Sunday, August 12, 2012

Perhaps At Last He Can Feel Her...

This is the place where he put pen to paper... 
But clung to the wall, the shelves are now bare 
All that remains of his words is but vapor 
All you can spot is but a dent in his chair 

He used to sit here, here he would stare 
Years come, years go, an old clock keeping score, 
He would scribble his notes, crumple them in despair 
Waiting for his savior—but locking that door 

That door sealed him off, away from all danger 
Except from the depth of the danger within 
No one could intrude here, except for the stranger 
Who would carry him off to where his end would begin— 

The poet, who’d mourned the loss of his mother 
Would then, somehow, be reduced to a child 
He would crouch at the threshold, and call, call, call her 
Knock, knock, knock at that door; no more stifled, but wild 

This is the place where he put pen to paper 
Till the door opened, creaking on a hinge... 
Locked in embrace, perhaps at last he can feel her 
No need to cry now, can't feel that twinge

Detail from my oil painting, My Father's Armchair. You can barely see down at the far depth, but hiding in the shadows is the entrance door to this place, where I grew up and where my father spent the last twenty four years of his life, alone.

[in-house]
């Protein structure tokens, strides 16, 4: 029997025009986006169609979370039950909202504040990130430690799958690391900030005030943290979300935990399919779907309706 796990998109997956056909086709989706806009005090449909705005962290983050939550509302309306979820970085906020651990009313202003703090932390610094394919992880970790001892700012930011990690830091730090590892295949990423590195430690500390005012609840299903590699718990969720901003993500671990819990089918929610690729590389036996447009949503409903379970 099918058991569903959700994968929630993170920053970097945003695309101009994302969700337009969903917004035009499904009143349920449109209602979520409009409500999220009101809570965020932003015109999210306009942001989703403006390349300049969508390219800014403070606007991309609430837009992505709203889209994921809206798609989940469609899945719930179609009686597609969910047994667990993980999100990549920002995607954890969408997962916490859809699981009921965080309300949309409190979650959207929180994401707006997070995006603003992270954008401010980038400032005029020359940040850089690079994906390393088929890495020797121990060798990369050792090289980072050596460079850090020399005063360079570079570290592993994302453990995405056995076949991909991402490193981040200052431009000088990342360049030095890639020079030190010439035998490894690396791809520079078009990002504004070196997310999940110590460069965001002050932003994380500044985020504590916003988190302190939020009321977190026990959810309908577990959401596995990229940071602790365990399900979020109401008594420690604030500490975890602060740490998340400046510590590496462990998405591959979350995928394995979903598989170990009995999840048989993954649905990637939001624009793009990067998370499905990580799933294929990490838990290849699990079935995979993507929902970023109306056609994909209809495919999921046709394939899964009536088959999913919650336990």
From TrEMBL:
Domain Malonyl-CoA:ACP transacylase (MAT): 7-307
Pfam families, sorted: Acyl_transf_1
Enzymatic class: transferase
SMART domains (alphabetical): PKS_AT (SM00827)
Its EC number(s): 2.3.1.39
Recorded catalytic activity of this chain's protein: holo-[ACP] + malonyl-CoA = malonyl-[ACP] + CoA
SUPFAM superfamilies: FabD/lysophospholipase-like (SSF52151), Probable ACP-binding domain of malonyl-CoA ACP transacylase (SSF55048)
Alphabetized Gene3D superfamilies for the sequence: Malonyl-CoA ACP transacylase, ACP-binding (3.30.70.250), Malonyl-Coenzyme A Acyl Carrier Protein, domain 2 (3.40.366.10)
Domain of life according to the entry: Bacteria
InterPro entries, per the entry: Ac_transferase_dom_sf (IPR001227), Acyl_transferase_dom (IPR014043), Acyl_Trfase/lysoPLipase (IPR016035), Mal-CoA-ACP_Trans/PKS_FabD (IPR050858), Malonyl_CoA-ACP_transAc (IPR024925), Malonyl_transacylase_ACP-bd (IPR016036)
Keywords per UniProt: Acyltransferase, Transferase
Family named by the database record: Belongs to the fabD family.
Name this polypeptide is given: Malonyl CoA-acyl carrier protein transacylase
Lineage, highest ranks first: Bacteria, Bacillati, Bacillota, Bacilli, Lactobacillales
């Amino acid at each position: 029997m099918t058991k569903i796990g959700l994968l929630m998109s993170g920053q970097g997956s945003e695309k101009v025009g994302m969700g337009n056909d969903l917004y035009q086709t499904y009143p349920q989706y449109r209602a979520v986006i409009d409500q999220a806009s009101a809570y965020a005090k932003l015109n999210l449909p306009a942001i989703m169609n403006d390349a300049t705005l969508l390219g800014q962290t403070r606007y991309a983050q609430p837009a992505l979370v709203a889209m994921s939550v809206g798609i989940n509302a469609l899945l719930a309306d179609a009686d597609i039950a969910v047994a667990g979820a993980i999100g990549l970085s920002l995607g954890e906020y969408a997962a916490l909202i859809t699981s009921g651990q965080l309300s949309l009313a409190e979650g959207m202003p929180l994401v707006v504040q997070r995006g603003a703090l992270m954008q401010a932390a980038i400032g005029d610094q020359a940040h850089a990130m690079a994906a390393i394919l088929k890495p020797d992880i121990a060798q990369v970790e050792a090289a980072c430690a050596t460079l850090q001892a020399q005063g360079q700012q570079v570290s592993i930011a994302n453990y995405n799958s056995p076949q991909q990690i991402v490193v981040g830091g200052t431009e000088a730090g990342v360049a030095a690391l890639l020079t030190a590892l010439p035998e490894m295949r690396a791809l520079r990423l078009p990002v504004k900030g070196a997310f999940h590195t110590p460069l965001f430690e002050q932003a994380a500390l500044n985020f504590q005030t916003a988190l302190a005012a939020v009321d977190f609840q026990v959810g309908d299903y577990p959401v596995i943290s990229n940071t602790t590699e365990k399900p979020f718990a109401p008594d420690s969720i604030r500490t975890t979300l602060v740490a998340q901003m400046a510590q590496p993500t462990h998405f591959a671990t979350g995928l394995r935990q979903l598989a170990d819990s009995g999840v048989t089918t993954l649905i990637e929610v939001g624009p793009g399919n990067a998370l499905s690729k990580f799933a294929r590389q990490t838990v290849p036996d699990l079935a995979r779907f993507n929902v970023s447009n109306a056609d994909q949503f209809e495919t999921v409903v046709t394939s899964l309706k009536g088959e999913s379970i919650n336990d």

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6 comments:

  1. 1.This is place where he (amend ..puts)
    2.The poet, who had mourned the loss of his mother
    Was then, somehow, reduced to a child,,,,

    Any loss brings great pain
    it comes then in chain
    mother's loss for child is unbearable
    makes him off the world and feet crumble,, nice poem

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    Replies
    1. Thank you Jadia, for your careful reading. However, this is written in past tense, so 'put' is correct.

      This poems is about the last year in the life of my father.

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  2. Life continues to reveal mysteries to me...beauty, atrocity, beauty, atrocity -to the point that solving them becomes physically futile yet emotionally possible by weaving and re-weaving loss into something new and radically informed. Your response to life, the full reckoning of your creative gifts, always moves me.

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    Replies
    1. Thank you so much, dear Britton! It is a gift, too, to have a soul so open to absorb life.

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